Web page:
The Prime Minister, who has commissioned the committee's investigation into party funding, has already proposed the public identification of all donors of more than pounds 5,000 - in line with Labour's current practice. But Lord Neill told BBC radio's In Committee programme last night: "I think there is room for debate as to what the starting figure should be."
While the Government had suggested pounds 5,000, Lord Neill said: "I am trying to keep an open mind until I have heard what everybody has to say, but my provisional feeling is that it is quite a high figure ... pounds 1,000 might be a more reasonable limit."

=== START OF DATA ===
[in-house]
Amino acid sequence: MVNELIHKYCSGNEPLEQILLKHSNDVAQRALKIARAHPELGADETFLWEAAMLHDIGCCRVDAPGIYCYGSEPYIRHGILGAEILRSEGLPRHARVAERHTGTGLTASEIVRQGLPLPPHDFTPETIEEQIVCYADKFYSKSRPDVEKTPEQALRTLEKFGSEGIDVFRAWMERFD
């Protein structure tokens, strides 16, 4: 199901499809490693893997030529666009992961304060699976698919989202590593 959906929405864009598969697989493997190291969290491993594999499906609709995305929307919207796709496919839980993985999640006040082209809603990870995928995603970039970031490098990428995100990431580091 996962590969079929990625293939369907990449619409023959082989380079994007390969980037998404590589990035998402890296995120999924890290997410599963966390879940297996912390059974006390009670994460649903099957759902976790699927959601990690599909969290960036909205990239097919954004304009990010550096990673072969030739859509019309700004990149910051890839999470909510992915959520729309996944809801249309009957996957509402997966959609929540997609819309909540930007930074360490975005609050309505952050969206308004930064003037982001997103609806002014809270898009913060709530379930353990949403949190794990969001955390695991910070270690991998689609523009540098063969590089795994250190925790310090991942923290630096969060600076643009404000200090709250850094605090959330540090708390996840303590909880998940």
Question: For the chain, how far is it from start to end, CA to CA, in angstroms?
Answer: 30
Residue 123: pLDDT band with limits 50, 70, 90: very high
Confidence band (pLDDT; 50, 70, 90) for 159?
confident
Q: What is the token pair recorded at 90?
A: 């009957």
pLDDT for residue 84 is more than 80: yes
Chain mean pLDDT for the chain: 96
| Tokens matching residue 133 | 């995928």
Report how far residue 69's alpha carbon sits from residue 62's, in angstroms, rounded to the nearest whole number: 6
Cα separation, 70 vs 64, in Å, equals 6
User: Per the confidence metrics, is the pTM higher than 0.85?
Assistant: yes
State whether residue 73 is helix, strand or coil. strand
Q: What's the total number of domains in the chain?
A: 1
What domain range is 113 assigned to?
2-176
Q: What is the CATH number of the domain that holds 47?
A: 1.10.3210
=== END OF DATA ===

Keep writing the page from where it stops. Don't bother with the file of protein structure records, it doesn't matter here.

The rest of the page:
Illustrating the enormous political sensitivity of the issue, Lord Neill was later attacked by John MacGregor, a Conservative MP and new committee member, who said the matter had not even been discussed yet.
"If the situation is pre-judged without assessing any evidence it makes a mockery out of public hearings," the former Leader of the Commons said.
Lord Neill also endorsed the feeling inside Government, shared by both Tony Blair and Jack Straw, the Home Secretary, that a cap on party political spending during elections could well be necessary - a move that would help parties live within their means.Reuse content